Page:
If you realize a capital gain on the sale or other disposition of property used in your trade or business, you probably won't get the benefit of the special capital gains tax rate on the entire amount of your gain.
Why not? Because Congress wants to first take back, or "recapture," some of the benefits of the depreciation deductions you've been claiming for all the years you owned the property.
The tax rules for recapture differ, depending on whether the property is real estate or personal property. For business real estate, there is a special, more generous rule for home offices.
Recapture rules for personal property. If you have a capital gain on any depreciable personal property other than real estate, you must report all or part of the gain as ordinary income to reflect the amount of depreciation, and any first-year expensing deductions that were claimed on the asset. The amount that must be reported as ordinary income ("recaptured") is not eligible for the special long-term capital gains rates described above, and is equal to the lesser of:
If the total gain realized is more than the amount that must be recaptured, the excess will be taxed at the long-term capital gain rate, provided that the asset has been held for more than one year. If the total of the depreciation deductions is greater than the gain realized, the entire amount of the gain is reported as ordinary income.
|Cost of 1995 car
|Adjusted basis of car
|Less: sale proceeds
In the example above, the full amount of the business gain of $800 is treated as ordinary income because it is less than the amount of depreciation that was taken on the car. Remember, the personal loss is not deductible!
Recapture of real estate depreciation. For sales of real estate used in a trade or business after May 6, 1997, including home offices, the recapture rules apply to real estate as well as personal property. So, if you realize a capital gain on the disposition of real estate after that date, you must report all or part of the gain as "recaptured" income to reflect the amount of depreciation, claimed on the asset. This recaptured amount is taxed at a special maximum rate of 25 percent. The amount that must be recaptured is equal to the lesser of:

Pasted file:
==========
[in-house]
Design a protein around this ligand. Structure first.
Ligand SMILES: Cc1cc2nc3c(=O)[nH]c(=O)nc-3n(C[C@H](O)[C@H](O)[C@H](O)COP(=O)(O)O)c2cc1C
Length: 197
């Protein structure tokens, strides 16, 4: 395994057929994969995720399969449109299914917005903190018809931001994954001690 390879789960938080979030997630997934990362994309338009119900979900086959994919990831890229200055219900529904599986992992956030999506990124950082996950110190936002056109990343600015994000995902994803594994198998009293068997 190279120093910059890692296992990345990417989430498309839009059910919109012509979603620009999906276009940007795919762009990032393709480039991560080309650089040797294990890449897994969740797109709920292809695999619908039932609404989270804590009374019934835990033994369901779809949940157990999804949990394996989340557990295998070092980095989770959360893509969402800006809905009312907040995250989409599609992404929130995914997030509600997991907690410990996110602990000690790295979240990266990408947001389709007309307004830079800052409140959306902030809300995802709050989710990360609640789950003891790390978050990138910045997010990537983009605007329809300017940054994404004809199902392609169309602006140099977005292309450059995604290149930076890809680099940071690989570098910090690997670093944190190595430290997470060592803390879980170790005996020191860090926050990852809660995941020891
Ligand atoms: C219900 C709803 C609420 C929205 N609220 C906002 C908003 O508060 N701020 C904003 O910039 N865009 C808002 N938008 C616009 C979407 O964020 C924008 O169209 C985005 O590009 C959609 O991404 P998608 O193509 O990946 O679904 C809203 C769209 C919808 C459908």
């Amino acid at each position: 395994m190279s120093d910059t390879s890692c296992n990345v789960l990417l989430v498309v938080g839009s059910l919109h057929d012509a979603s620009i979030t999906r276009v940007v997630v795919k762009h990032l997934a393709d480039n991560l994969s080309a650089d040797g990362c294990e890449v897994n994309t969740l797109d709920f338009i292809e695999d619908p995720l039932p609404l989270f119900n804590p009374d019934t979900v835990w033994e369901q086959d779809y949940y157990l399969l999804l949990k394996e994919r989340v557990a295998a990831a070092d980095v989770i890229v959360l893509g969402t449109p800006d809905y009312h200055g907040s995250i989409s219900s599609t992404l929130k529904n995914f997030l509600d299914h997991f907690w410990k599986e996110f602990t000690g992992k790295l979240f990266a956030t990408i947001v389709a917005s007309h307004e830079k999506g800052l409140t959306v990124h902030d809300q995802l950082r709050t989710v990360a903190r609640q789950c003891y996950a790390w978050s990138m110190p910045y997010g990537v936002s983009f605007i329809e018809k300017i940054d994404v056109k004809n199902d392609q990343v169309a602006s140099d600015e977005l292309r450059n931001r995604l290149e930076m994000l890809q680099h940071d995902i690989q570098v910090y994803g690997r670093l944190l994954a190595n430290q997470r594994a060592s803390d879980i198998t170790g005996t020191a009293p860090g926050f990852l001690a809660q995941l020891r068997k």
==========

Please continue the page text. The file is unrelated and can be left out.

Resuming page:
If the total gain realized is more than the amount that must be recaptured, the excess may be reported as a capital gain (for a maximum 20 percent rate) provided that the asset has been held for more than one year. If the total of the depreciation deductions is greater than the gain realized, the entire amount of the gain is taxed at the 25 percent rate.
Planning for depreciation recaptures. If you choose to depreciate a property quickly, the property's adjusted basis will be reduced more quickly than if you had depreciated the property more slowly, and you will have more taxable gain on the sale of the asset.
Moreover, as a general rule, the faster you depreciate property, the more likely it is that you will have a recapture liability when you sell the property, and the more likely that this liability would be larger than if you have chosen slower depreciation.
All things being equal, it's probably best to be hit with a recapture in a year in which your business has an operating loss (which can be used to offset the recapture amount), rather than in a profit year, when the recapture liability will increase your taxable income, and possibly even move you into a higher tax bracket.